Old Beijing 20g
Jasmine tea has been popular in Beijing for centuries, lending its name to this common tea.
The process of scenting tea leaves with Jasmine flowers takes years of skill exercised over just a few short weeks each year. In early June the flowers are picked, either at night as they are blooming or the afternoon prior by skilled workers who can tell which buds are on the verge of waking. Those picked in the afternoon still have enough nutrients in them to bloom after nightfall. By this time the flowers are already resting on layered trays, alternating between jasmine and tea leaves. Over several days this scenting process occurs, with the flowers being replaced to add fresh fragrance and the tea leaves being rebaked to keep them susceptible to the flavors floating in the air. Sometimes Jasmine petals are sprinkled through the finished teas as decoration, but do not impact flavor. Thus our sweet, floral, delicate Jasmine Tea is born.
It took many centuries for Jasmine tea to become popular after it was first produced, supposedly in the 5th century. The earliest reference I can find to Jasmine tea is from the 13th century.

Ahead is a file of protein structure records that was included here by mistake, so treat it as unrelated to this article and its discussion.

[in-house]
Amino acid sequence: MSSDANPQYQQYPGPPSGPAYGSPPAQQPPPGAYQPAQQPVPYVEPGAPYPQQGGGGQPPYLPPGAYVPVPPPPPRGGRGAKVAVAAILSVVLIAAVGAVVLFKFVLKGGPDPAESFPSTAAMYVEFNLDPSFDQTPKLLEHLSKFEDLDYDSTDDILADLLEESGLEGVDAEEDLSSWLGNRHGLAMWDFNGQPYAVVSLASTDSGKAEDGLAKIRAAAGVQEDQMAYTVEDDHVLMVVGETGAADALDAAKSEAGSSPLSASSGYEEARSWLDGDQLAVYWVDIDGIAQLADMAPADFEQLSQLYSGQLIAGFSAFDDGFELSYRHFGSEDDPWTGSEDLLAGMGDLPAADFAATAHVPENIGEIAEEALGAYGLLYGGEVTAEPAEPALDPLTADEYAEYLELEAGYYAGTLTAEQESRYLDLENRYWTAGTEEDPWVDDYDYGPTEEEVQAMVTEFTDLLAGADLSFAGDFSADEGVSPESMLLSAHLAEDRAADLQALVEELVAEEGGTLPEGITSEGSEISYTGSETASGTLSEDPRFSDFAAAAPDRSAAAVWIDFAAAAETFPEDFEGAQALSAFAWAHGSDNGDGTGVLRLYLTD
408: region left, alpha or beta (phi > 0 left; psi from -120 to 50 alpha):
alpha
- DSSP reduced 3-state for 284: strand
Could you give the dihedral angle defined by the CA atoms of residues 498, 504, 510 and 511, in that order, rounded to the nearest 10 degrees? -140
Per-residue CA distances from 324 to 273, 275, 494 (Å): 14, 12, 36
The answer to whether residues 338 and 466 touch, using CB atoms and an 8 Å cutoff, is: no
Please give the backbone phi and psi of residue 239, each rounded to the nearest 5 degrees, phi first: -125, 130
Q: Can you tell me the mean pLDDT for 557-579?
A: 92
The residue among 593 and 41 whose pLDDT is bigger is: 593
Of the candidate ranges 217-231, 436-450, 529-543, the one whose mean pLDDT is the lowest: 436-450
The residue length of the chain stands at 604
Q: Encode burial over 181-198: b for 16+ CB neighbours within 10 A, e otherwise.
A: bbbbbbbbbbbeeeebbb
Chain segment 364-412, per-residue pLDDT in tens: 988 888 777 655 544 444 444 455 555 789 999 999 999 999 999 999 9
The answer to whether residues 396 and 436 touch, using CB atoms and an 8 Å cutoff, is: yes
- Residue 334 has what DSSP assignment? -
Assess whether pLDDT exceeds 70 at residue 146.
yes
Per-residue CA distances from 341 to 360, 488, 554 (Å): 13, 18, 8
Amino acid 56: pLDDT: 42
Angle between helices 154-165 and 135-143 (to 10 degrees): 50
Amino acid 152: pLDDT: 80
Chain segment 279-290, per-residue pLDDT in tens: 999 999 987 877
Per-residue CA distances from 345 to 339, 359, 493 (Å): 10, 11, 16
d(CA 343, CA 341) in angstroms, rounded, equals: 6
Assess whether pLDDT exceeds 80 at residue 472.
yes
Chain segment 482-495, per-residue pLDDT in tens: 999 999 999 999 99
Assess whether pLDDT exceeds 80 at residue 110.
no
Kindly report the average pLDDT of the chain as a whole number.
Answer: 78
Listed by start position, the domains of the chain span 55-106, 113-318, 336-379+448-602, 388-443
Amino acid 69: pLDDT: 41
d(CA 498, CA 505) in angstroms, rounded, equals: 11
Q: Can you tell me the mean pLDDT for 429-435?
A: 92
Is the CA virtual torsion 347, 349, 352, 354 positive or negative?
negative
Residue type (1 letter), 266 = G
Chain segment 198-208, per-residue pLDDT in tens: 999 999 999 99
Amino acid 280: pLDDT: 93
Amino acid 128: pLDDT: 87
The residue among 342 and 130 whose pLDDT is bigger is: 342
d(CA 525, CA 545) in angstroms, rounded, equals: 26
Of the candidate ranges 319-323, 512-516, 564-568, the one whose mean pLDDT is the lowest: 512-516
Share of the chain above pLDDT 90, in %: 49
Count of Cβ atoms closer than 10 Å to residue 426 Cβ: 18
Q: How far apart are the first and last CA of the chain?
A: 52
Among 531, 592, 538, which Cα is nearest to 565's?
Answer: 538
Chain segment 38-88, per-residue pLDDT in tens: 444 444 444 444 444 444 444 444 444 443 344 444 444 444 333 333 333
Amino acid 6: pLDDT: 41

Jasmine first grew common after Prince Zhu Quan, the famous military commander and son of an Emperor, mentioned flower tea in his pivotal book “Tea Manual”. He devoted his life to culture after his political life was destroyed by his brother. In another few centuries this tea would reach widespread popularity, during the Manchu (or Qing) Dynasty, the last Chinese dynasty, which ruled China from 1644 all the way until 1912.
Please Note: there may be danger associated with drinking large quantities of Jasmine Tea while Pregnant.
Jasmine - "Process Added" - Tea
Any style of tea can act as a base for adding flavor or aroma, with the most popular examples being Earl Gray (black tea) and Jasmine (green tea). There are many ways to flavor tea. Even resting leaves near fragrant plants can impart flavor. "Natural Flavoring" is when a tea is coated in essential oils or alcohol with extracted plant flavor in it. Simply mixing other herbs into the teas is the most common form of flavoring. All of these Jasmines are made with jasmine flower, and not with jasmine oil.
None of these teas include artificial anything!